China has arrived in the Greater Middle East and appears determined to stay awhile. Over the past decade, deeming energy security too important to be left to market forces alone, Beijing has prioritized the issue as a matter of national security. From new pipeline and infrastructure projects to increased naval port calls, China is establishing footholds in Central Asia, the "Four Seas" region, and the Persian Gulf, stepping up its military ties to protect this "string of pearls." Beijing has placed particular emphasis on countering Western energy partnerships with regional governments and aligning with pariah states such as Iran and Syria.
In this Washington Institute Policy Focus, Christina Lin examines how Beijing's increasing footprint is affecting U.S. and allied interests. The study offers in-depth assessments regarding the scope and intent of Chinese energy initiatives that stretch from Asia to Europe, including detailed maps of this "new Silk Road." By tracing the recent trajectory of Beijing's political relationships, economic initiatives, and military posture, the study offers recommendations on how Washington can counterbalance troubling trends resulting from Chinese expansion.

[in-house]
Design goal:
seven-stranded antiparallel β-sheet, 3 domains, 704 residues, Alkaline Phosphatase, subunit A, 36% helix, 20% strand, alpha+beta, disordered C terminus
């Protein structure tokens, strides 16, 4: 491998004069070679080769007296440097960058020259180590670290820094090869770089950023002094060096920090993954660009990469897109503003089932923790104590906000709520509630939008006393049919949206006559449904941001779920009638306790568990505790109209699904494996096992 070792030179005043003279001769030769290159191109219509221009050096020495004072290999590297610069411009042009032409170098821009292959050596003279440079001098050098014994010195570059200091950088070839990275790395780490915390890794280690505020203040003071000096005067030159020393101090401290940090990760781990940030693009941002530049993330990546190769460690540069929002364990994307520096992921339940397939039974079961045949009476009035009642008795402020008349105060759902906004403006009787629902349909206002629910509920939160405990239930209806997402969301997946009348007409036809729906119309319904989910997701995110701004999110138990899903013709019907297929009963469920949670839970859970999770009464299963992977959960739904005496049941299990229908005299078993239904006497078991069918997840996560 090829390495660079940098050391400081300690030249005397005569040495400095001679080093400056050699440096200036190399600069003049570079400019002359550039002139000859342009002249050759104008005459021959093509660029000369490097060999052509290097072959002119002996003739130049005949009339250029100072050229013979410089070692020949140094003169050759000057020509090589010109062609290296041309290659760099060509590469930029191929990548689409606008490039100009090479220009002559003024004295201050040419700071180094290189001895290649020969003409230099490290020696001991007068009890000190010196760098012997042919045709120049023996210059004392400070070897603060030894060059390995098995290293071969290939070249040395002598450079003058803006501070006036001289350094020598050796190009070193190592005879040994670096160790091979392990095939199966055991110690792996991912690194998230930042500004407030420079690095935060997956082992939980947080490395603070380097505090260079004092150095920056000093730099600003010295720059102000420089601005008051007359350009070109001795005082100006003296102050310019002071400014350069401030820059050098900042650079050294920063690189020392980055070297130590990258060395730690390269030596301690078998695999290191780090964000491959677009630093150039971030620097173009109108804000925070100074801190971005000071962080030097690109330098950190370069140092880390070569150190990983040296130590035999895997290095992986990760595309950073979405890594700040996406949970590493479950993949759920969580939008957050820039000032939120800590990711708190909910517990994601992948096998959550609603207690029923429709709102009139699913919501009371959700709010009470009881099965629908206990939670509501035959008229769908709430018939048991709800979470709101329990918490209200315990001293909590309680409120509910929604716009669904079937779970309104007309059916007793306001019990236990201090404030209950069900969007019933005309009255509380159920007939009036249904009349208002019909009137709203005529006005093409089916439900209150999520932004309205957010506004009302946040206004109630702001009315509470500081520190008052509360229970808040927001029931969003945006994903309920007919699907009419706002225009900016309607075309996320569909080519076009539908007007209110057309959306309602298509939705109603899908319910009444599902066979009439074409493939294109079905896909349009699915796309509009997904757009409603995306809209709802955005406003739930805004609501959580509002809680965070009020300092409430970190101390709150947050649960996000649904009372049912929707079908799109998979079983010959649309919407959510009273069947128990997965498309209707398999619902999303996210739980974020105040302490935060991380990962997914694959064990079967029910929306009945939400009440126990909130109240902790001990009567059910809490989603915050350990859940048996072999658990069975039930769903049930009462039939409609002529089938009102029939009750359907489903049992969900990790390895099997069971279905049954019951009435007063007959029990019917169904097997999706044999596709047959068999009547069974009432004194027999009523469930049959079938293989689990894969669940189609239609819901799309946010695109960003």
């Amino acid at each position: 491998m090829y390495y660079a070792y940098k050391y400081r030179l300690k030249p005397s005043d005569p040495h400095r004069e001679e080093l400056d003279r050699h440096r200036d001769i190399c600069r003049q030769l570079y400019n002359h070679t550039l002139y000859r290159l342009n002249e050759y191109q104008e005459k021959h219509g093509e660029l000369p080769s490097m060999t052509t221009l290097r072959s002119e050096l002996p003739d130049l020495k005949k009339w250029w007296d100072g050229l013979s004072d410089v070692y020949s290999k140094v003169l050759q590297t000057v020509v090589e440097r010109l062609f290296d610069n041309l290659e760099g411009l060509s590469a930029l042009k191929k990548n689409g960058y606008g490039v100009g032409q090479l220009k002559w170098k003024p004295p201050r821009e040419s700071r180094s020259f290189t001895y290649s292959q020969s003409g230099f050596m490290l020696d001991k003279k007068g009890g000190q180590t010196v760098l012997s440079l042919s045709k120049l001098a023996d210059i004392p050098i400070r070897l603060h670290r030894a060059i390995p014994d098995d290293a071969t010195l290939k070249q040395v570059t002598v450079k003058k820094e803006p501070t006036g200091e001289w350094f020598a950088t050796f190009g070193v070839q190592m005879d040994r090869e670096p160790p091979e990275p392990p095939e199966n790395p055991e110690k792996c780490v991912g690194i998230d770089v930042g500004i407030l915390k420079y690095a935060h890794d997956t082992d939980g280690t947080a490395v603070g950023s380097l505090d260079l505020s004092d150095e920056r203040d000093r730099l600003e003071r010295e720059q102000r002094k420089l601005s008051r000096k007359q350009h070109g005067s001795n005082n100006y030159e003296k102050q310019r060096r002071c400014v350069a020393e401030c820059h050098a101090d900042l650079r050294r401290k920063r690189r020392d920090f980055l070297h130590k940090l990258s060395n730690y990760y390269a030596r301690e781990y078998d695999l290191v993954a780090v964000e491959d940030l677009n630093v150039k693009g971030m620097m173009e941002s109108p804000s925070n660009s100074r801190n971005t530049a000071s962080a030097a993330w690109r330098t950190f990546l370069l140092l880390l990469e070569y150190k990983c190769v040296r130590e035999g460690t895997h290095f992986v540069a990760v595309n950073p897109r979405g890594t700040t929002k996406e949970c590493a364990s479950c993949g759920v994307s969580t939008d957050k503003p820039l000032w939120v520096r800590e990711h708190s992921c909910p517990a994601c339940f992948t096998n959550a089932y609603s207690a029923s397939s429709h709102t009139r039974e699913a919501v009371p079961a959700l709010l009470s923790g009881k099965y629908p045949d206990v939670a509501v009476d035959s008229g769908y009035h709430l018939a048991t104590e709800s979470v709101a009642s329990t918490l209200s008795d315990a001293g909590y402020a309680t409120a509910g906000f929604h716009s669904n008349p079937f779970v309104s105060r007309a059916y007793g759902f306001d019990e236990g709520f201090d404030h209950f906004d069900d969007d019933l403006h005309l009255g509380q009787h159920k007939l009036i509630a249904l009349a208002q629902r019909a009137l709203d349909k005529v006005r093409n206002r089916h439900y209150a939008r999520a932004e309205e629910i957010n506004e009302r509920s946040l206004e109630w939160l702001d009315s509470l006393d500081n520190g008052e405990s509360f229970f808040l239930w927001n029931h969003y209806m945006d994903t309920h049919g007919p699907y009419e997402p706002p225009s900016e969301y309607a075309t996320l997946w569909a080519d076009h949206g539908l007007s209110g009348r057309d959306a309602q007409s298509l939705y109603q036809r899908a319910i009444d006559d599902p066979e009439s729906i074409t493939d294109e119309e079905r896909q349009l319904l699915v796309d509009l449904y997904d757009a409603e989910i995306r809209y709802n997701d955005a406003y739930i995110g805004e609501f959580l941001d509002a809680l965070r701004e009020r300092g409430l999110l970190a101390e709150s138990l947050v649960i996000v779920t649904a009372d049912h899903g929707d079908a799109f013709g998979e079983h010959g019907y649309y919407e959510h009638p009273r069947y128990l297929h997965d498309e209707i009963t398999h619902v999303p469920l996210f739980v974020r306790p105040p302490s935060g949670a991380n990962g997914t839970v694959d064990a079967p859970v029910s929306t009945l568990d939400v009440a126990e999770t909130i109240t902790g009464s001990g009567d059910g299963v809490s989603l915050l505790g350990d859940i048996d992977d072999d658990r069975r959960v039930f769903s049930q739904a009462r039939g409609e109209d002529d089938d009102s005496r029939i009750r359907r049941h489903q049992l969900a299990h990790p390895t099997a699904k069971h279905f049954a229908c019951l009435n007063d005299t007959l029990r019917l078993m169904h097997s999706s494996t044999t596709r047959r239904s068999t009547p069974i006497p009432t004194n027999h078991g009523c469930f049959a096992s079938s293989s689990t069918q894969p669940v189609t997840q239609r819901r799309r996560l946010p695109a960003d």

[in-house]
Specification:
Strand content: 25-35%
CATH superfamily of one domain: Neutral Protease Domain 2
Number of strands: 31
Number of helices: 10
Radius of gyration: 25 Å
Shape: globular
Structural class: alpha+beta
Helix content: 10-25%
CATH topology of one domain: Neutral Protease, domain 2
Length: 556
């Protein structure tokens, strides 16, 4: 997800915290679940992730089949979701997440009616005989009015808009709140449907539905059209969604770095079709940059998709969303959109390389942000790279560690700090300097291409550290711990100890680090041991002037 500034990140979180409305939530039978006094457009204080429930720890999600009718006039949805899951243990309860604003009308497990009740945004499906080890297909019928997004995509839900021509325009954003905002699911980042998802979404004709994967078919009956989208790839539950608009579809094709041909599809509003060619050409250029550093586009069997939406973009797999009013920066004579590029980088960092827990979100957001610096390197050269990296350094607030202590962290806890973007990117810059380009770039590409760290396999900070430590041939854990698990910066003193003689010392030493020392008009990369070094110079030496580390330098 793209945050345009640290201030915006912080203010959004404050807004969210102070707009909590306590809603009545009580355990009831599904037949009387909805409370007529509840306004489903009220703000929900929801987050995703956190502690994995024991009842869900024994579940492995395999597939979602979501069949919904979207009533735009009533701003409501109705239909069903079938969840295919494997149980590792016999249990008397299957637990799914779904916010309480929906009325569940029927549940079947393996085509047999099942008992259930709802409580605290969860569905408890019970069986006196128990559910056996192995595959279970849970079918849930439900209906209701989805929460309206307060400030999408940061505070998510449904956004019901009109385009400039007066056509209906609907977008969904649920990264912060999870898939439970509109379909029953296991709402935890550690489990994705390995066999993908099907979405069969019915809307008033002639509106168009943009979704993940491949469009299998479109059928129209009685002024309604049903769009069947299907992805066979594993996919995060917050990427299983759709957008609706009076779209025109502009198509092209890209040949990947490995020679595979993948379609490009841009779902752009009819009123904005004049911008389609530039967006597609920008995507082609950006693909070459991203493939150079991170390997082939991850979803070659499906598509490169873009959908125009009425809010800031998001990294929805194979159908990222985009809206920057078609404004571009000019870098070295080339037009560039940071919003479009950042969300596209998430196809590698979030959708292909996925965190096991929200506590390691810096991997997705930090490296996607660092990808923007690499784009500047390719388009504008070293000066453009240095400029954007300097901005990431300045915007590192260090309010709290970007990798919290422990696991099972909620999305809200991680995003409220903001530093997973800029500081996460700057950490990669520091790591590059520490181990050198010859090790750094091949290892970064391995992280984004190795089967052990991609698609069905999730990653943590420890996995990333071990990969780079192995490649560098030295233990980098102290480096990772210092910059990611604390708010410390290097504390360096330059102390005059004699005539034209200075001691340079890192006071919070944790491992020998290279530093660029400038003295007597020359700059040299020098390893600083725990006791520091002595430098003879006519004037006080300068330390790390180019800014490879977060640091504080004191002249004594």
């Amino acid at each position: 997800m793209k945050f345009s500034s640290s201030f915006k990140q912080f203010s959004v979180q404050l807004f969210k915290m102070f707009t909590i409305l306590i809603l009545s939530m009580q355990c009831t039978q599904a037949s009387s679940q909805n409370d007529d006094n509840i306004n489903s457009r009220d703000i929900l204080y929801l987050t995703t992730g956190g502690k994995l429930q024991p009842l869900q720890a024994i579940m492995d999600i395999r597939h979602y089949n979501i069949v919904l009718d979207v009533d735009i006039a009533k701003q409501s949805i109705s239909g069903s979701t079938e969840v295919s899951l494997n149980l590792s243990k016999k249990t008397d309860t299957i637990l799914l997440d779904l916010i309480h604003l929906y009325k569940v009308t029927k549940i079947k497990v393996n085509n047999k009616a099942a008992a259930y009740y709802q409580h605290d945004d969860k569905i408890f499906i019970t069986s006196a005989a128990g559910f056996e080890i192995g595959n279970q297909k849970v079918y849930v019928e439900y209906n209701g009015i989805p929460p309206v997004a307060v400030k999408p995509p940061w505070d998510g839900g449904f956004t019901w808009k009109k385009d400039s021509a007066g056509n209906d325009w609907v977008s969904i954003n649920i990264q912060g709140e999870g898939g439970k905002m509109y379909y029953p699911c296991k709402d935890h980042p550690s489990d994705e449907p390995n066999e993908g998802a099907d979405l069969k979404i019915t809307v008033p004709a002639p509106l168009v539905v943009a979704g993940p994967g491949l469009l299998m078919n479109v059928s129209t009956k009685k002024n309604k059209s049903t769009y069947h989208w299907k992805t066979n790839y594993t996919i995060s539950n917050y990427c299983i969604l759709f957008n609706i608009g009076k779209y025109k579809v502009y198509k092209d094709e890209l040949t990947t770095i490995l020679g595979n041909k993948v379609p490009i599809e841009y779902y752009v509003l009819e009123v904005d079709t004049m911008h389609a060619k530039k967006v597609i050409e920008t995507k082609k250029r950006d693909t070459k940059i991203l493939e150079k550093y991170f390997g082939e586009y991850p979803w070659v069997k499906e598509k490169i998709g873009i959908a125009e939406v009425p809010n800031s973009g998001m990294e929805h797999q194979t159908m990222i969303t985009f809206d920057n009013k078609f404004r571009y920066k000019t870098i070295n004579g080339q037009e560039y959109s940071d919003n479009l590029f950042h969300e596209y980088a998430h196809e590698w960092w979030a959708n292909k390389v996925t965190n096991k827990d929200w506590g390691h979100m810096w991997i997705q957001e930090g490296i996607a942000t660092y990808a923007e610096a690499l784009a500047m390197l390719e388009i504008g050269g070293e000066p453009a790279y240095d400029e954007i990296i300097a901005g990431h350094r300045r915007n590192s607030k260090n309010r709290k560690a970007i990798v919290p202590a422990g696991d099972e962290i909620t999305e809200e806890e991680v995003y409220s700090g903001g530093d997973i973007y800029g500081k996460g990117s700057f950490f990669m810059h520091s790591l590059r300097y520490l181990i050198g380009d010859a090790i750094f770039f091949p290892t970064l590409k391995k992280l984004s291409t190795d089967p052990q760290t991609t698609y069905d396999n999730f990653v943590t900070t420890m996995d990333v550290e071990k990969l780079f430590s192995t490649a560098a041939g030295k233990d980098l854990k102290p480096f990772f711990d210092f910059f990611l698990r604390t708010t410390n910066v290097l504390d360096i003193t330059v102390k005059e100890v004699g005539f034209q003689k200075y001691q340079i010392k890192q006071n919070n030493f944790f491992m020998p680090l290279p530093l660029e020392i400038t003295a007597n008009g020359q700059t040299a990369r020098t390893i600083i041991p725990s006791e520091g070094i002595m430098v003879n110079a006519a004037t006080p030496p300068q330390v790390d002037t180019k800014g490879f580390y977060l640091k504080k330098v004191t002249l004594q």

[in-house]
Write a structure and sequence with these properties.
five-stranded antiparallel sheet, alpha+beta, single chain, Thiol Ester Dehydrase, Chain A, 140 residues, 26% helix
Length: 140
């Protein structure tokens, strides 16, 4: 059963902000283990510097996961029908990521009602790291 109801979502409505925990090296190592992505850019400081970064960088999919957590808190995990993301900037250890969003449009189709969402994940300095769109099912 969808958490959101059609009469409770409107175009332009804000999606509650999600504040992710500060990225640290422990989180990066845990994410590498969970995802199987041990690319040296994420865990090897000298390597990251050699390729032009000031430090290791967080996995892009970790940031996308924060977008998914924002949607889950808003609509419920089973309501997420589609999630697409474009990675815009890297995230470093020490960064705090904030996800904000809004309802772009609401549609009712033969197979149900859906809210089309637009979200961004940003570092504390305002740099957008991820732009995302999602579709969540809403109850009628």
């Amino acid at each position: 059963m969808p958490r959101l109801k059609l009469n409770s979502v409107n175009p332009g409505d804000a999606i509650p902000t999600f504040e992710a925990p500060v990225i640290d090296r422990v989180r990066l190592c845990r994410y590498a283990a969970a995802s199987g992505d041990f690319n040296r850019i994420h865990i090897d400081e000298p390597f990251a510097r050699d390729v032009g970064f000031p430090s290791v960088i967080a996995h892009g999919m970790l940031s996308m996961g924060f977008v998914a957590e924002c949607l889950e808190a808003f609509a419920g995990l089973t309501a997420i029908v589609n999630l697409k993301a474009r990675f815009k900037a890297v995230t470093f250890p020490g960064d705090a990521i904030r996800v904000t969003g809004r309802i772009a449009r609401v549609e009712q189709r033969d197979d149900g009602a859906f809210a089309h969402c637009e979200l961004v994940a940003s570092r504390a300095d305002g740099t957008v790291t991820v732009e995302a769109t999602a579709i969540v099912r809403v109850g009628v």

Christina Lin is a former visiting fellow at The Washington Institute, with expertise in energy security, Chinese military doctrine, relations between China and the Middle East, and other issues. She has extensive U.S. government experience, having served at the Office of the Secretary of Defense, the National Security Council, the Department of State, the Export-Import Bank of the United States, and the federally funded Institute for Defense Analyses. Previously, she worked in the private sector at Lehman Brothers and Goldman Sachs in London.
Dr. Lin has published papers in Israel, Germany, and the United States on the militarization of Chinese energy security policy, Eurasian regional security architecture, and nuclear proliferation. She has also been a key author of the annual China file for Jane's Chemical, Biological, Radiological and Nuclear Intelligence Centre. Her papers on the nexus between East Asian and Middle Eastern WMD proliferation have been cited widely, including reports in the Korea Herald, Wall Street Journal, World Tribune, and Jerusalem Post.